The Arts Wellbeing Collective is committed to promoting positive mental health in the performing arts industry. What does it mean to have ‘good mental health’? The information below has been developed by Heads Up, and gives an excellent overview of mental health.
It’s an expression we use every day, so it might surprise you that the term ‘mental health’ is frequently misunderstood.
Mental health is often used as a substitute for mental health conditions – such as depression, anxiety conditions, schizophrenia, and others. But according to the World Health Organization, mental health is “a state of wellbeing in which every individual realises their own potential, can cope with the normal stresses of life, can work productively and fruitfully, and is able to make a contribution to their community”.
‘Wellness rather than illness’
To make things a bit clearer, some experts have tried coming up with different terms to explain the difference between ‘mental health’ and ‘mental health conditions’.
Phrases such as ‘good mental health’, ‘positive mental health’, ‘mental wellbeing’, ‘subjective wellbeing’, and even ‘happiness’ have been proposed by various people to emphasise that mental health is about wellness rather than illness.
While some say this has been helpful, others argue that using more words to describe the same thing just adds to the confusion.
Rather than being about ‘what’s the problem?’, it’s really about ‘what’s going well?’.
Understanding the mental health continuum
People have also tried to explain the difference between mental health and mental health conditions by talking about a range or a continuum where mental health is at one end, represented by feeling good and functioning well, through to severe symptoms of mental health conditions at the other. Mental health is not fixed or in a static state, and we can move back and forth along this scale at different times during our lives.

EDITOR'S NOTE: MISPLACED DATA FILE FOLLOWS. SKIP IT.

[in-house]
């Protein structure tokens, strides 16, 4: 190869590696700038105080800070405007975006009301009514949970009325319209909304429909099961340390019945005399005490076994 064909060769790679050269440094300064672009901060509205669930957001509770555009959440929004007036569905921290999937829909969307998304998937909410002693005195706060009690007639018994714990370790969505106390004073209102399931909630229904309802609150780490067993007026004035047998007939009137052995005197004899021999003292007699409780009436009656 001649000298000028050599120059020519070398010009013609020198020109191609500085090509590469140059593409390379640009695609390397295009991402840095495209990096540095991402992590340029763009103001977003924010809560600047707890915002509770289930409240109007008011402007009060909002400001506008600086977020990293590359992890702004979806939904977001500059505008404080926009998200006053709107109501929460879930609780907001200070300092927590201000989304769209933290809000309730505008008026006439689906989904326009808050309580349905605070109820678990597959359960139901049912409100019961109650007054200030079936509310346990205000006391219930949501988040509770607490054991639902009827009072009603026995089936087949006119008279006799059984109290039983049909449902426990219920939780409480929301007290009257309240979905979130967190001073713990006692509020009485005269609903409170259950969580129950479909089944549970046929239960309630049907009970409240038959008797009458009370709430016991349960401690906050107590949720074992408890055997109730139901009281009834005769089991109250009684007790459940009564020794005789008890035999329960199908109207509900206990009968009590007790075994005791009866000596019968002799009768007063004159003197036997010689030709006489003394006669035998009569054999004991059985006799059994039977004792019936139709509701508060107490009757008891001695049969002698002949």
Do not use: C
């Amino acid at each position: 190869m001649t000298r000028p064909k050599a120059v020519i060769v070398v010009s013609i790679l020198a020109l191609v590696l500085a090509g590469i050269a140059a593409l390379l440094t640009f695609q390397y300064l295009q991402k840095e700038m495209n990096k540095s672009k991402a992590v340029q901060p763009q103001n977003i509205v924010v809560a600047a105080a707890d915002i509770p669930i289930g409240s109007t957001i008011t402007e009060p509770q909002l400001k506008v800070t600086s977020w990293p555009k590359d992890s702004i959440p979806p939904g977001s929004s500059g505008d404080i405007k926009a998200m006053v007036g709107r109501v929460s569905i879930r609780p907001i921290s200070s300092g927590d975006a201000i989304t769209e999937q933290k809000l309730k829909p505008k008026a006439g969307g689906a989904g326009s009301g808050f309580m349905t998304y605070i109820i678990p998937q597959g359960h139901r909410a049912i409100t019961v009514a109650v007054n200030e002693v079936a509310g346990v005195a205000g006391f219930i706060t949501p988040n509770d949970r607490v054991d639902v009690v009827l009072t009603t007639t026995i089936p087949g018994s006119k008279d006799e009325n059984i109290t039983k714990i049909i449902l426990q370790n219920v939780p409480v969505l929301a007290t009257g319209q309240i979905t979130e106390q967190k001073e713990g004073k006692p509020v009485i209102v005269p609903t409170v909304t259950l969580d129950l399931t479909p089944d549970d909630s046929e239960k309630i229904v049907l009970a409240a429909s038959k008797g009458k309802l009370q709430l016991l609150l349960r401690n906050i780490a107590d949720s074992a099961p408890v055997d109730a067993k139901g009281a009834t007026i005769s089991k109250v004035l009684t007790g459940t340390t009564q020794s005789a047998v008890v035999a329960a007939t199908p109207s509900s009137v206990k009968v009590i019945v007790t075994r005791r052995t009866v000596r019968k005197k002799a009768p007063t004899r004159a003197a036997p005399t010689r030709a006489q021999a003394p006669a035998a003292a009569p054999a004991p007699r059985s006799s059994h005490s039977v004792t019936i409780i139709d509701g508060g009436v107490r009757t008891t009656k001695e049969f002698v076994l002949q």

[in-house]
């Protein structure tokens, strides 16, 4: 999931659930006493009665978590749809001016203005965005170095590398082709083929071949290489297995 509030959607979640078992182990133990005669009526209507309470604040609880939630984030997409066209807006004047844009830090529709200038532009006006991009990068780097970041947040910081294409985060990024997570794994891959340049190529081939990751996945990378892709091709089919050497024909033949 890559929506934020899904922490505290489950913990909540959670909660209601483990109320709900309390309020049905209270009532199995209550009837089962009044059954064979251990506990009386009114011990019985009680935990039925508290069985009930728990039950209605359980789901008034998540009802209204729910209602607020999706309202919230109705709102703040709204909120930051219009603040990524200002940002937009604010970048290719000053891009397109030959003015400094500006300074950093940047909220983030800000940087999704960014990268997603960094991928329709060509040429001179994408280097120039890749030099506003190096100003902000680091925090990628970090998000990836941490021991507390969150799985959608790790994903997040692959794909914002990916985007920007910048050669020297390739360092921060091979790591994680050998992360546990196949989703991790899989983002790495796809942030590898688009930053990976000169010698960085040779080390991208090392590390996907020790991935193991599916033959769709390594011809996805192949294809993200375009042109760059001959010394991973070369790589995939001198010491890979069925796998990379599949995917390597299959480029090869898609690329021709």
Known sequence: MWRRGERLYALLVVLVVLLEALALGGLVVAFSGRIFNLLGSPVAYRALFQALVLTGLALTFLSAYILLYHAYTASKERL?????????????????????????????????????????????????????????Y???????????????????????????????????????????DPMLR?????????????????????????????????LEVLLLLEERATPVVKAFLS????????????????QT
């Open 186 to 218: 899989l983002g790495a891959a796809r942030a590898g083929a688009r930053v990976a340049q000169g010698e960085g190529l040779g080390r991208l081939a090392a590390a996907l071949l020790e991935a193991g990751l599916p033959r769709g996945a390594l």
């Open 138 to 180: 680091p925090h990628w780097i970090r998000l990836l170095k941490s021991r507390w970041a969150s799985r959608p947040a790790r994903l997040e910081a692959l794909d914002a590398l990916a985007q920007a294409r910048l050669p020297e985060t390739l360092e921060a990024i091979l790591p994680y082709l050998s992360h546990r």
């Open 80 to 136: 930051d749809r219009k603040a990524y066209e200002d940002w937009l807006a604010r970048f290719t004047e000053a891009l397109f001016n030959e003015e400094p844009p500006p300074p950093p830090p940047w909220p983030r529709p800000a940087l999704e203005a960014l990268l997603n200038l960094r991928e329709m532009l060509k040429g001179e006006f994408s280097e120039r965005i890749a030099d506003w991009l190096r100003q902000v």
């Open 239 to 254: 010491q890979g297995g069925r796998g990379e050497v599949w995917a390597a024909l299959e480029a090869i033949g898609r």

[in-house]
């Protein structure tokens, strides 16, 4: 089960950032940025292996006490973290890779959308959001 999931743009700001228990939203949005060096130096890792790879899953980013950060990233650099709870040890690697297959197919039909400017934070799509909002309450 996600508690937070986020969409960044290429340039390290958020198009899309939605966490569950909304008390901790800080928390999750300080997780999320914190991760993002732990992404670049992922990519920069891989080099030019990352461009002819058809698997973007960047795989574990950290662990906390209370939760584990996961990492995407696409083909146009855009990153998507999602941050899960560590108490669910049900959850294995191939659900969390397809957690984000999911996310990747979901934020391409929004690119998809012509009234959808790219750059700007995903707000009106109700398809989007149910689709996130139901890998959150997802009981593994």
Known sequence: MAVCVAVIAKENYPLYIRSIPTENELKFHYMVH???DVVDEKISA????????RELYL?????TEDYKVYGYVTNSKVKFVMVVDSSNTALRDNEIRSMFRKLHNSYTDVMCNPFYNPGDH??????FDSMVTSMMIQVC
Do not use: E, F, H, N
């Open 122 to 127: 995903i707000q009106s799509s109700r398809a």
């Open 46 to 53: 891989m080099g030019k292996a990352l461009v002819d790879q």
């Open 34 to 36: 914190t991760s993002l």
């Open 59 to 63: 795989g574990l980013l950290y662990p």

At the green end of the continuum, people are well; showing resilience and high levels of wellbeing. Moving into the yellow area, people may start to have difficulty coping. In the orange area, people have more difficulty coping and symptoms may increase in severity and frequency. At the red end of the continuum, people are likely to be experiencing severe symptoms and may be at risk of self-harm or suicide.
It’s important to remember that mental health is complex. The fact that someone is not experiencing a mental health condition doesn’t necessarily mean their mental health is flourishing. Likewise, it’s possible to be diagnosed with a mental health condition while feeling well in many aspects of life.
Ultimately, mental health is about being cognitively, emotionally and socially healthy – the way we think, feel and develop relationships – and not merely the absence of a mental health condition.
What is mental health in the workplace?
When we talk about mental health in the workplace, we’re looking at how our working environments affect us – either positively or negatively – as well as the effect our mental health has on our ability to do our jobs.
Work can make us feel good about ourselves and give us a sense of purpose, which helps to protect and improve our mental health. On the other hand, factors like job stress, bullying or discrimination can trigger a mental health condition or cause an existing condition to worsen.
Some people’s experience of a mental health condition will have no direct connection with their work – they might have been managing their condition for a while, for example, while working in different jobs. Equally, personal or relationship issues might result in someone developing a mental health condition, regardless of what’s going on at work.
But whatever the factors contributing to someone developing a mental health condition, workplaces can play a key role by being flexible, providing support, and creating an environment where people feel comfortable raising their concerns and reaching out when they need it.